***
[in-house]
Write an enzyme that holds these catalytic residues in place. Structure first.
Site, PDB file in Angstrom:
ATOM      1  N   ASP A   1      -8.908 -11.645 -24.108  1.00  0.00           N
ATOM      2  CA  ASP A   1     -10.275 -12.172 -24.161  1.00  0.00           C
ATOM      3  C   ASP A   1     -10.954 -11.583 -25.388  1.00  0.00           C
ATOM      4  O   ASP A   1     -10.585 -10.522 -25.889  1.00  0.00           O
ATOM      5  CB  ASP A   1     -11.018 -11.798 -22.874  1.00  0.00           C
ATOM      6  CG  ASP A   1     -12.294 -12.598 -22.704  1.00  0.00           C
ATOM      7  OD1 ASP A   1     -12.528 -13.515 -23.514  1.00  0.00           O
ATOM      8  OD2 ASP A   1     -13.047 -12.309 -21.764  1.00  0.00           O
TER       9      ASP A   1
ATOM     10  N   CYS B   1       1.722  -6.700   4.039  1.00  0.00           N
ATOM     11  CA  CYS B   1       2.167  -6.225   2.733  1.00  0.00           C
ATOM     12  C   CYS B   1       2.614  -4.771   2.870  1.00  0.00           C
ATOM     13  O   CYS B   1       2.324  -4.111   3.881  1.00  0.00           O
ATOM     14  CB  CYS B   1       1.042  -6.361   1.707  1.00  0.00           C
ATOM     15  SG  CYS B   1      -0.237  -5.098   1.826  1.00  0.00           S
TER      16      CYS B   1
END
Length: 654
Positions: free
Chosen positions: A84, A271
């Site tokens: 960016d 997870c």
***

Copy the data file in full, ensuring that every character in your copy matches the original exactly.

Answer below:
[in-house]
Write an enzyme that holds these catalytic residues in place. Structure first.
Site, PDB file in Angstrom:
ATOM      1  N   ASP A   1      -8.908 -11.645 -24.108  1.00  0.00           N
ATOM      2  CA  ASP A   1     -10.275 -12.172 -24.161  1.00  0.00           C
ATOM      3  C   ASP A   1     -10.954 -11.583 -25.388  1.00  0.00           C
ATOM      4  O   ASP A   1     -10.585 -10.522 -25.889  1.00  0.00           O
ATOM      5  CB  ASP A   1     -11.018 -11.798 -22.874  1.00  0.00           C
ATOM      6  CG  ASP A   1     -12.294 -12.598 -22.704  1.00  0.00           C
ATOM      7  OD1 ASP A   1     -12.528 -13.515 -23.514  1.00  0.00           O
ATOM      8  OD2 ASP A   1     -13.047 -12.309 -21.764  1.00  0.00           O
TER       9      ASP A   1
ATOM     10  N   CYS B   1       1.722  -6.700   4.039  1.00  0.00           N
ATOM     11  CA  CYS B   1       2.167  -6.225   2.733  1.00  0.00           C
ATOM     12  C   CYS B   1       2.614  -4.771   2.870  1.00  0.00           C
ATOM     13  O   CYS B   1       2.324  -4.111   3.881  1.00  0.00           O
ATOM     14  CB  CYS B   1       1.042  -6.361   1.707  1.00  0.00           C
ATOM     15  SG  CYS B   1      -0.237  -5.098   1.826  1.00  0.00           S
TER      16      CYS B   1
END
Length: 654
Positions: free
Chosen positions: A84, A271
């Site tokens: 960016d 997870c």